As historians, many of us often face an internal struggle. In our work, we meticulously research a topic to unpack the particularities of an issue within a given time period. Yet, aside from publishing our work in journals and books, we are confronted with a desire to do more with this information. How can we use our knowledge to effect change? What do we, as historians, have to offer our communities?
Public history is a way to bridge these two impulses. An op-ed, in particular, can be an opportunity to draw on your skills as a historian (especially as a researcher and writer) to voice comment on present-day issues.
Last January, I found myself frustrated by the response of NYC public schools to the Omicron wave. As a historian of education, former public-school teacher, and alumna of the NYC school system, I was outraged by the recent developments—the case numbers were rising immediately following the holiday break and it seemed contradictory for one of the nation’s largest school systems to pare back measures put in place just months earlier to reduce the influx of COVID. Public school teachers and students alike voiced their concerns. Teachers rallied to demand “weekly COVID testing of all students and staff” and high school students staged a walkout to “urge NYC to offer the necessary remote learning options and safety precautions as COVID cases rise!” After speaking with friends and family working in the school system, I decided to use my position as a historian to contextualize and amplify their concerns and grievances.
Topic and News Outlet
While many of us are familiar with reading op-eds, we are less accustomed to writing in the genre and this can be an unnecessary barrier. An op-ed is typically an 800-1000-word opinion piece on a current event or issue. As historians, our op-eds typically provide readers with some historical background, context, or opinions about how current events or issues fit into some larger past. In addition to identifying a topic of concern, it is also helpful to pinpoint the targeted audience and venue for your work, since that will largely shape your recommendations and the language you will use to frame your argument. In my case with COVID in NYC schools, for example, I wanted a news outlet that targeted politicians, since I hoped to spark discussion that would eventually push for a policy change. I also looked to publish a piece in a New York-based newspaper or magazine because it commented on the specific policies employed in the NYC public schools.
Writing Structure and Challenges
The organization of an op-ed piece is largely formulaic. It starts with a lede. This can be an anecdote or a news hook to grab the readers’ attention and present the contemporary (sometimes pressing) issue. You then introduce yourself and explain your qualifications as it relates to the topic. This is followed by a short but in-depth description of the problem (using hyperlinks to help readers access the relevant information). After this, you can suggest potential next steps and recommendations to address the problems you’ve highlighted. This section can be the most challenging for historians because we are not trained to write about the future—we’re much more comfortable writing about the past! My work is not generally policy oriented, but I drew on the historical context, research I collected from contemporary news articles, and talks with the various stakeholders to make informed recommendations. An op-ed usually ends with a conclusion to circle back to the lede or a call to action that underscores the urgency of the matter. Not all pieces have to include a call to action, you can also bring up the significance of the moment or show relevance of learning from past decisions. This is by all means not the only way to write an op-ed, but it does provide a structure to get you started so you can be creative. (See resources below for more ideas!)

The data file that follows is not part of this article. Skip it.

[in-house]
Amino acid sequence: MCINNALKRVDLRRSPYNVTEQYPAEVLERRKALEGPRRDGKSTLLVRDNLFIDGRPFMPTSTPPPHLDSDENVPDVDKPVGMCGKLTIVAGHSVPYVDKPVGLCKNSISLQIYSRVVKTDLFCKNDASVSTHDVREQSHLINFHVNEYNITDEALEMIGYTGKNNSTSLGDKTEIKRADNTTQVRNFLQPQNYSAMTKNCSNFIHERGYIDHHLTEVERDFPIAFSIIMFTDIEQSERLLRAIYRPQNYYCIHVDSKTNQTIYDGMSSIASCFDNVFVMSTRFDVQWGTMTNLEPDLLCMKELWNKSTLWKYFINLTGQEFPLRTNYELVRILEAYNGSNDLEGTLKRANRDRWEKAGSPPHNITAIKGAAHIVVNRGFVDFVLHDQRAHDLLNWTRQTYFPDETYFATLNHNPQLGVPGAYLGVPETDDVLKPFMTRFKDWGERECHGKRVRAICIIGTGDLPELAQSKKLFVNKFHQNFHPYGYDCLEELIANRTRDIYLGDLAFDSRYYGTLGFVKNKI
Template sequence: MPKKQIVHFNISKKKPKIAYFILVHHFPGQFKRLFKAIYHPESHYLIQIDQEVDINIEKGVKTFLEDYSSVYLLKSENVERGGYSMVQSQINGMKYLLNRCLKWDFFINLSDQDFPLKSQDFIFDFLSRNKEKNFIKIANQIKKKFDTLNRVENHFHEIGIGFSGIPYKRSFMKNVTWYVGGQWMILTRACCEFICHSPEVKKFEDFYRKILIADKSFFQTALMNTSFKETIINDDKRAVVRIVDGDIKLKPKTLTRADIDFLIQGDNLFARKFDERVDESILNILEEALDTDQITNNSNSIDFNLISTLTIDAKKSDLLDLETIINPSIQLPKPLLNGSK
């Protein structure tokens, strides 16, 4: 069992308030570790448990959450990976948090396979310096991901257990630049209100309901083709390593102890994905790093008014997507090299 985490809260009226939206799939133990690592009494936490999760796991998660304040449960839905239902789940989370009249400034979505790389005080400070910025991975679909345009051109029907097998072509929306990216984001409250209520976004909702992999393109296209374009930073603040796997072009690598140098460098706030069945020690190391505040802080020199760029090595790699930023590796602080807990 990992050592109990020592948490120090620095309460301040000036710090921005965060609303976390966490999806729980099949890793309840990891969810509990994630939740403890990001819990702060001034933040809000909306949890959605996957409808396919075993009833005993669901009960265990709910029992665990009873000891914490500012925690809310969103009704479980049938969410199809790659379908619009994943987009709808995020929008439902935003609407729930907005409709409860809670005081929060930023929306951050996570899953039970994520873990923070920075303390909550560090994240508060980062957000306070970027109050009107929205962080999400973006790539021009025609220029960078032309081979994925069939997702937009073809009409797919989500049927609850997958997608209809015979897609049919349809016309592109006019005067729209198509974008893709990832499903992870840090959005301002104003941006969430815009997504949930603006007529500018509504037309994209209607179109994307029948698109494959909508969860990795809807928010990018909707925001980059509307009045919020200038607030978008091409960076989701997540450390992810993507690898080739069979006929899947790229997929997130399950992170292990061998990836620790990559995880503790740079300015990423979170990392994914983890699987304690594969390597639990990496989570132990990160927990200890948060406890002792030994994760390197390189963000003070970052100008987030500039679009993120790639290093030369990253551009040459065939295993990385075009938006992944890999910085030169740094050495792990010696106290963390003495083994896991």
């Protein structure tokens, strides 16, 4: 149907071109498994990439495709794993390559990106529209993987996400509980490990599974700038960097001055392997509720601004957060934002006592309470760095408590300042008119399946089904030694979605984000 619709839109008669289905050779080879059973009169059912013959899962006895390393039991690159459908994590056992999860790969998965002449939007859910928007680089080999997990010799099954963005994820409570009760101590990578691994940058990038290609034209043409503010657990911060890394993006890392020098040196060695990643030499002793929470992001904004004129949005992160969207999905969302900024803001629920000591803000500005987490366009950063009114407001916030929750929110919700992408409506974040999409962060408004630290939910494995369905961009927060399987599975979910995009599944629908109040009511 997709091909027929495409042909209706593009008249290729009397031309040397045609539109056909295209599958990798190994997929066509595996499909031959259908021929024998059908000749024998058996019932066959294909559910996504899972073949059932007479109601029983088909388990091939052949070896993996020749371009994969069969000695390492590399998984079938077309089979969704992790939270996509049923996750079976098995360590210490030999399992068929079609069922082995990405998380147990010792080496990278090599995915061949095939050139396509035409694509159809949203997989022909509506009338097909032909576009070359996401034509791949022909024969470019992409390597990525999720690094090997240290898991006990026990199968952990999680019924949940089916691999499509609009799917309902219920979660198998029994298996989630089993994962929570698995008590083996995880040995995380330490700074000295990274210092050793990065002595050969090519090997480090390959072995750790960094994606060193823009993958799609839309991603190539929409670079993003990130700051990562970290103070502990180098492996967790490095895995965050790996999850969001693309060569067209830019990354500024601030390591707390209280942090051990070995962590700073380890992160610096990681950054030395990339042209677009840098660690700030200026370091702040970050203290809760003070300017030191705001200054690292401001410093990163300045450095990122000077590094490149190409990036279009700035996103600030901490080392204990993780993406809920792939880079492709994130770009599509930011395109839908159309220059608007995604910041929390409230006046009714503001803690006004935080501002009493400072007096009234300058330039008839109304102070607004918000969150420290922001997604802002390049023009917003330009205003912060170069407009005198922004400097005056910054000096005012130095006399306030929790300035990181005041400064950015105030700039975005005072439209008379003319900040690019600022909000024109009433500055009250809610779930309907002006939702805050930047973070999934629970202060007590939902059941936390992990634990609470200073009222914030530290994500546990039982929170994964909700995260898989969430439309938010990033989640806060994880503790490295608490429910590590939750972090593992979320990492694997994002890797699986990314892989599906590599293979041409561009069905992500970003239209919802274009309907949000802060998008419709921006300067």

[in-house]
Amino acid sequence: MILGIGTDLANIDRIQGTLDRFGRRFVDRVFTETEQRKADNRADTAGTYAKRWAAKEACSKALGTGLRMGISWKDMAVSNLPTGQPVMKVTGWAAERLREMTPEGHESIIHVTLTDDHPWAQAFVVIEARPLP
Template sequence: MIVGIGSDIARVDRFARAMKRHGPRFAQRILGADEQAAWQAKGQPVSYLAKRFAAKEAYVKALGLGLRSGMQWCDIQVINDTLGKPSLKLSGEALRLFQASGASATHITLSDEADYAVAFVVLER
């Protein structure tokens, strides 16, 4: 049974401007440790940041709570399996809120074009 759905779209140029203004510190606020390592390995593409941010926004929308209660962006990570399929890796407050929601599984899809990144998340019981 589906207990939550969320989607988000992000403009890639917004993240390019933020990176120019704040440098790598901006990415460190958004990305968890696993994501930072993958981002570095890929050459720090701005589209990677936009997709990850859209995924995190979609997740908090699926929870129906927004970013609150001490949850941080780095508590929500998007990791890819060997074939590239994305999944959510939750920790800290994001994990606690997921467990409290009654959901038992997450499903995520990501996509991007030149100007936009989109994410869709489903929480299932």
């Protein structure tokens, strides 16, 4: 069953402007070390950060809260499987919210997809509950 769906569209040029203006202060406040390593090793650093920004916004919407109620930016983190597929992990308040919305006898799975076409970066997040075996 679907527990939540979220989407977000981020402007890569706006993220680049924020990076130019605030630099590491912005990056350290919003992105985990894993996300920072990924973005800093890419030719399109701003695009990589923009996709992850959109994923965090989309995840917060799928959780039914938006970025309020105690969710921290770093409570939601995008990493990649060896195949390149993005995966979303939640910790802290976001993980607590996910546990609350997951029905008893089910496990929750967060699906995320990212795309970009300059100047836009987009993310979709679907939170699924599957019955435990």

While you may be nervous about publishing in a different genre, like any writing it gets easier with practice. If you’re seeking to write to broader the audiences, op-eds can be an effective way to draw on your skills as a historian to discuss the present-day implications of your research, historicize contemporary issues, and spotlight the concerns of those in your community.
Make sure to drop any other tips and your published op-eds in the comments section!
Duke University’s Communicators Toolkit for Writing Effective Op-Eds
David Shipley’s Advice in the NYT about Writing an Op-Ed
The Washington Post Guide to Writing an Op-Ed
Featured image: Backlit Keyboard, Colin, Wikimedia Commons, CC BY-SA 4.0.
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